I would mention another sub-category of detectors and that’s those for adolescents, I’d define a suitable age to use these as anything between 10-15, but some parents may like to start early. This is the sub-category full of entry-level /semi-professional models and Bounty Hunter in fact makes some great entry-level products here (like the Quicksilver and Tracker IV). I may have to do a separate list on detectors for adolescents some other time.

Here though, I wanted to focus specifically on very young children and the market has its fair share of toys that may often produce a lot of inaccurate readings like false positives and false negatives. Both the Kidzlane 2-in-1 and Explore One Junior Blue are certainly built and marketed as toys – I wouldn’t expect any sophisticated level of metal detection with either, and they lack a visual interface (screen) that would otherwise notify you of, at the very least: (a) the type/quality of metal, and (b) depth of the metal.

Nevertheless, they are very good at keeping a child’s attention, especially with very young kids, with all the lighting and beeping- this is particularly true of the Kidzlane 2-in-1.

On the other end of the spectrum, the New Home Innovations Relic Hunter is a more bland and serious model that was certainly marketed for a slightly older age-bracket and even for adults as a rudimentary entry model, which is why I wanted to mention it. The detection capabilities of the New Home Innovations Relic Hunter, while better than some of the previously-mentioned toys aren’t necessarily better than some of the other more child-friendly models in the list.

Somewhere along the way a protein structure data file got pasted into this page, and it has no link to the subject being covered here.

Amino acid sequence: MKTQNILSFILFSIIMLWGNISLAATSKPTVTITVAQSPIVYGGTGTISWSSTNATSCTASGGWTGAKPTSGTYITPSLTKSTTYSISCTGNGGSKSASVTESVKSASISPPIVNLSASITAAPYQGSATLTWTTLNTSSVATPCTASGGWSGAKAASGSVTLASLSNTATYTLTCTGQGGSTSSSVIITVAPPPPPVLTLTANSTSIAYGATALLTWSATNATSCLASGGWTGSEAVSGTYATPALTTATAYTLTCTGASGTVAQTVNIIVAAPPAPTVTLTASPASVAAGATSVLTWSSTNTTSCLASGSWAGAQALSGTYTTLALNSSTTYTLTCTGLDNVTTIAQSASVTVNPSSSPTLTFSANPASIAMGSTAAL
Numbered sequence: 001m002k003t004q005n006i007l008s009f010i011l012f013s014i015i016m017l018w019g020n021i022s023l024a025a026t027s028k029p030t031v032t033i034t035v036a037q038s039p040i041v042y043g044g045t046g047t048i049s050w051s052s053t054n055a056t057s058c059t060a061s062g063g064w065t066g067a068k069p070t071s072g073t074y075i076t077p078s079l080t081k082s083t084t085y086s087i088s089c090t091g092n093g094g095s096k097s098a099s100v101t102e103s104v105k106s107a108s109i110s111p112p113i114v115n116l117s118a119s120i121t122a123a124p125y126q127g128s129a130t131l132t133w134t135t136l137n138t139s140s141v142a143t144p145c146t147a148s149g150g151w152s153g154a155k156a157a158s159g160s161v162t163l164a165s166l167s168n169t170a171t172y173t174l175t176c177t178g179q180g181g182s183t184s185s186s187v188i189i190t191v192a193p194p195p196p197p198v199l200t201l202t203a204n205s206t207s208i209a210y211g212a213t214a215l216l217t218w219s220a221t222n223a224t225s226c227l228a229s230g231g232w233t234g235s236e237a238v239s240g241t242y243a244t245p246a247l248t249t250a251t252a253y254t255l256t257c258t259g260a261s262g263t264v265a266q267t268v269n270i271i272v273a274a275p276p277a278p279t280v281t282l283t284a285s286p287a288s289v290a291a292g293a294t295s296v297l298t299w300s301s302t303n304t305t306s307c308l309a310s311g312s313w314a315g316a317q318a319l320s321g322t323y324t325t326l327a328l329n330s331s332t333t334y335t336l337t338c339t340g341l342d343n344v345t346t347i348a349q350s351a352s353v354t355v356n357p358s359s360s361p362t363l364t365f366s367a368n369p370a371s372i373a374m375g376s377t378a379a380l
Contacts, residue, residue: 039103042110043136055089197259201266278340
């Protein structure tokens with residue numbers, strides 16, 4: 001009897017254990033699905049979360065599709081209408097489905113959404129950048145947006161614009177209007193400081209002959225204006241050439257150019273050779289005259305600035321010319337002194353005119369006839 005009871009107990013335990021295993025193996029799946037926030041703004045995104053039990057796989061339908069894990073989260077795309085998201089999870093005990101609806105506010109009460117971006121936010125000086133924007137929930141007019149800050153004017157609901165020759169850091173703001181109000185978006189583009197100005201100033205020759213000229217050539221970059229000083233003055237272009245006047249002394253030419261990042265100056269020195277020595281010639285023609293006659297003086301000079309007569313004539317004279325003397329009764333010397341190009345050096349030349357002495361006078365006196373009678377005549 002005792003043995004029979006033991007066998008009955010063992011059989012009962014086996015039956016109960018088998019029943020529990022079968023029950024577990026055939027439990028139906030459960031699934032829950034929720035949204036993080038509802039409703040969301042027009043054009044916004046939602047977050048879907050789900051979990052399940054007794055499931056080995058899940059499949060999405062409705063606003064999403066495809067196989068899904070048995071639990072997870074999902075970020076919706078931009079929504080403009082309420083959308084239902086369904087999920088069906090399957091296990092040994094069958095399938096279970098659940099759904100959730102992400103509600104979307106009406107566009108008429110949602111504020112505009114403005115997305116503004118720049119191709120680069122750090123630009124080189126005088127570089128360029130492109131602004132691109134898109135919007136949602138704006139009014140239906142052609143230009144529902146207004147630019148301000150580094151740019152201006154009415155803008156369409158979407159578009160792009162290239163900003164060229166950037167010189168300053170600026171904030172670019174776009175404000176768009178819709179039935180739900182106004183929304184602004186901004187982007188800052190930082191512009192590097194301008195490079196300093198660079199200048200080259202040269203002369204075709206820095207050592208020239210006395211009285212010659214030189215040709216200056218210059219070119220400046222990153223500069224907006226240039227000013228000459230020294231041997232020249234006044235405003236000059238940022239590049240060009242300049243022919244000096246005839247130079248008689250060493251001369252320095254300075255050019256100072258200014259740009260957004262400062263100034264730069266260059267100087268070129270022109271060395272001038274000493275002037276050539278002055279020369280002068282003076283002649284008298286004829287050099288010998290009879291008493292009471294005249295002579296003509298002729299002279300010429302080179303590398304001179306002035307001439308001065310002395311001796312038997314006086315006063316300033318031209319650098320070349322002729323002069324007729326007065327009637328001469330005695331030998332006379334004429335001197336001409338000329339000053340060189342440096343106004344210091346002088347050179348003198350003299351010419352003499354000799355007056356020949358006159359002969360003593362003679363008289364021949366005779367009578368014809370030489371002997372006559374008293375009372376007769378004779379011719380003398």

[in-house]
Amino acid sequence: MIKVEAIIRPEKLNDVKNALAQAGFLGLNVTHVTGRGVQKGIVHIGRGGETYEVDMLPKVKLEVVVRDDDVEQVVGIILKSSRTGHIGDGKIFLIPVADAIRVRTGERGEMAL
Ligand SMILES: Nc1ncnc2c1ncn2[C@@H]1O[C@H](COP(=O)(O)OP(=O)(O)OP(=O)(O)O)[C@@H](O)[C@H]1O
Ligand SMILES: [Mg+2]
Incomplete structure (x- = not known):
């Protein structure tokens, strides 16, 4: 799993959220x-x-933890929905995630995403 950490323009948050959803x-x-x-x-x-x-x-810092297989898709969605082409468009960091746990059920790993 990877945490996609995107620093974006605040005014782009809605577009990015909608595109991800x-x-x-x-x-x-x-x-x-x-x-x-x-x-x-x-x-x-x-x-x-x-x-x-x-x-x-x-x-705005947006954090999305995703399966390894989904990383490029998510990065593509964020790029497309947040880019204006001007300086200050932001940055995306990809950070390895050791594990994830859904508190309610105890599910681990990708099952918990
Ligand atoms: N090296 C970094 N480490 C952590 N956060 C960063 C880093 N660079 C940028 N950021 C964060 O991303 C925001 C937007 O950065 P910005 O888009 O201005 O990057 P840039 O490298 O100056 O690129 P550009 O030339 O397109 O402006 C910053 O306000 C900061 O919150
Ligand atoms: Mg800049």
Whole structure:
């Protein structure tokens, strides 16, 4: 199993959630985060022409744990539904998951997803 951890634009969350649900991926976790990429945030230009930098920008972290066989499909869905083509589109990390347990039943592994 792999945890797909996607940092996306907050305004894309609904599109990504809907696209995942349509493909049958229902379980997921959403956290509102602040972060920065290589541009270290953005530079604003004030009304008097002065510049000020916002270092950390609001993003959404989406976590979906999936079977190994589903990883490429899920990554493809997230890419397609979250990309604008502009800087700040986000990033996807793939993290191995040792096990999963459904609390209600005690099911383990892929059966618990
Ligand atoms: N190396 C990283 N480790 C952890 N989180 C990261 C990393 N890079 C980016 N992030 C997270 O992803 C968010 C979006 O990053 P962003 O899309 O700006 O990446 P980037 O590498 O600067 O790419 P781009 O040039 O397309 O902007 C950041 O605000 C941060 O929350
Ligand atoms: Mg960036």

Note that most of these devices have a detection depth of 4-6 inches, with larger metal objects being detectable by up to a foot.

In terms of an engaging and child-friendly visual interface, the Bounty Hunter Junior Target ID and Tacklife Junior Treasure Hunter are certainly at the top of the list (followed by the Intey Junior Yellow). However, I haven’t put the bounty hunter top because I felt that it fell short on other measures like suitable levels of detection accuracy (the Bounty Hunter Junior Target ID can be a little too sensitive here), sturdiness, ease of operation.

Ultimately, I feel that the Tacklife Junior Treasure Hunter is ultimately the best combination of operation simplicity, accuracy and user(child)-engagement (or attention-keeping).

4. RM Ricomax Junior

5. National Geographic Junior

6. Tacklife MMD03

This item has been flagged for editorial review and is not available.

7. Avid Power Junior

8. Bounty Hunter Target ID

9. Amysports Treasure Hunter

10. Kidzlane 2-in-1

Cat Bushen
Last updated by Cat Bushen

Originally from Wales, UK, Cat skipped the country shortly after completing her bachelor of arts in English and social policy, with no real purpose other than to see the world. Years and countless jobs later, such as coaching tennis, teaching at the constitutional court of Indonesia, and building a guesthouse on a beach, she still has no intention of settling down. Having begun training in Taekwondo at the age of five, she achieved her black belt before going on to study kickboxing and Krav Maga, resulting in a good knowledge of all things related to martial arts. Through years of hiking up volcanoes and mountains, scuba diving, and just generally riding around on a motorcycle, Cat is well informed in the fields of outdoor clothing and equipment, camping paraphernalia, and of course travel.